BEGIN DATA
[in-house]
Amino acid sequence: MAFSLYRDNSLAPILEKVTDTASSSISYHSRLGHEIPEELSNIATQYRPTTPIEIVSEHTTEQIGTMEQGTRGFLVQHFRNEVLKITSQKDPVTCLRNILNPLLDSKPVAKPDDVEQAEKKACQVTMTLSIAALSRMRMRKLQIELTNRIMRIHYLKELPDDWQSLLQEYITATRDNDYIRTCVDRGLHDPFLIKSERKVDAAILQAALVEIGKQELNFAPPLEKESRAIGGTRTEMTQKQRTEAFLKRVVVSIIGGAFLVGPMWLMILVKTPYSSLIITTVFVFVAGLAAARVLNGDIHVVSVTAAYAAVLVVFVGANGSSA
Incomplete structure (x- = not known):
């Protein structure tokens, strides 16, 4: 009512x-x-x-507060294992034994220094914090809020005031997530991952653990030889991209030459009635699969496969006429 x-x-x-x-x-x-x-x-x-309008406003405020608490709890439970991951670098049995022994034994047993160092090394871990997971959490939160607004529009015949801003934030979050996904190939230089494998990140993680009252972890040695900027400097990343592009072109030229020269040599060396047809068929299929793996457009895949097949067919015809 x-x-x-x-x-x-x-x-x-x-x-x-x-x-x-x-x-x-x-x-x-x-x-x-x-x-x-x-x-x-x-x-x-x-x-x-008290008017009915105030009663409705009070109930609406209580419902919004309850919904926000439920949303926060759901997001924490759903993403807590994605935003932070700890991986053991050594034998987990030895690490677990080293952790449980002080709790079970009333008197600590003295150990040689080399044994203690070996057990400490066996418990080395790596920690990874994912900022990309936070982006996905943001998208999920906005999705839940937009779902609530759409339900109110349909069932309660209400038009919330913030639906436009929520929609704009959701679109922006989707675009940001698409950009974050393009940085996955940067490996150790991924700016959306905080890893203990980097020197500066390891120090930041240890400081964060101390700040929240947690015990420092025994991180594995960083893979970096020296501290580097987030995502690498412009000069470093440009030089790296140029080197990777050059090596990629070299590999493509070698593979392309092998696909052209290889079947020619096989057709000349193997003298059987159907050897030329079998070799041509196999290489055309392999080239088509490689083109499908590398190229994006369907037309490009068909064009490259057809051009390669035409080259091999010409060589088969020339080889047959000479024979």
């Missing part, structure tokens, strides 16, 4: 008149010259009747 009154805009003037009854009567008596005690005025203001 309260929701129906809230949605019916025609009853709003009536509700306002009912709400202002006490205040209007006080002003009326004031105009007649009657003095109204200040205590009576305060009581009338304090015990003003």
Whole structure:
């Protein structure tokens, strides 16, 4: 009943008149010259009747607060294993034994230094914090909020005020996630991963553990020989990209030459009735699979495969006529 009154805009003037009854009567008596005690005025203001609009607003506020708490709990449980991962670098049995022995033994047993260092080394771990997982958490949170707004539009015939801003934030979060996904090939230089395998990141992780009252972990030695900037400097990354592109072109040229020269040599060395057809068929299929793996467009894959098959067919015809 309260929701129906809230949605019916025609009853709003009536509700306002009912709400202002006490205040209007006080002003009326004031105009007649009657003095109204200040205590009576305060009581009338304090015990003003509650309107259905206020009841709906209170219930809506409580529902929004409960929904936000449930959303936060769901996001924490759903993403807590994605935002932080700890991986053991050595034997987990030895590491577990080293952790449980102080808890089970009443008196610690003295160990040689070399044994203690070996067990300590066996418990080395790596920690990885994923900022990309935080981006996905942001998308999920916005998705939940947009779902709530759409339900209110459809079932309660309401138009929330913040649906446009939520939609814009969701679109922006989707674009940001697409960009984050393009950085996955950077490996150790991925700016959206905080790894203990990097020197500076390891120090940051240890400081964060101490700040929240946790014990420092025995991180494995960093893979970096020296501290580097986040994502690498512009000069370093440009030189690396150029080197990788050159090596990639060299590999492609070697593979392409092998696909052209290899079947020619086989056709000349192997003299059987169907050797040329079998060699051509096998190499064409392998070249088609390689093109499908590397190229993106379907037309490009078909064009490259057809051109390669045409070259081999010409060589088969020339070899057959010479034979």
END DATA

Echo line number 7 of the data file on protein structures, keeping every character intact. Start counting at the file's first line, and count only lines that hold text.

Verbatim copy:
């Protein structure tokens, strides 16, 4: 009943008149010259009747607060294993034994230094914090909020005020996630991963553990020989990209030459009735699979495969006529 009154805009003037009854009567008596005690005025203001609009607003506020708490709990449980991962670098049995022995033994047993260092080394771990997982958490949170707004539009015939801003934030979060996904090939230089395998990141992780009252972990030695900037400097990354592109072109040229020269040599060395057809068929299929793996467009894959098959067919015809 309260929701129906809230949605019916025609009853709003009536509700306002009912709400202002006490205040209007006080002003009326004031105009007649009657003095109204200040205590009576305060009581009338304090015990003003509650309107259905206020009841709906209170219930809506409580529902929004409960929904936000449930959303936060769901996001924490759903993403807590994605935002932080700890991986053991050595034997987990030895590491577990080293952790449980102080808890089970009443008196610690003295160990040689070399044994203690070996067990300590066996418990080395790596920690990885994923900022990309935080981006996905942001998308999920916005998705939940947009779902709530759409339900209110459809079932309660309401138009929330913040649906446009939520939609814009969701679109922006989707674009940001697409960009984050393009950085996955950077490996150790991925700016959206905080790894203990990097020197500076390891120090940051240890400081964060101490700040929240946790014990420092025995991180494995960093893979970096020296501290580097986040994502690498512009000069370093440009030189690396150029080197990788050159090596990639060299590999492609070697593979392409092998696909052209290899079947020619086989056709000349192997003299059987169907050797040329079998060699051509096998190499064409392998070249088609390689093109499908590397190229993106379907037309490009078909064009490259057809051109390669045409070259081999010409060589088969020339070899057959010479034979």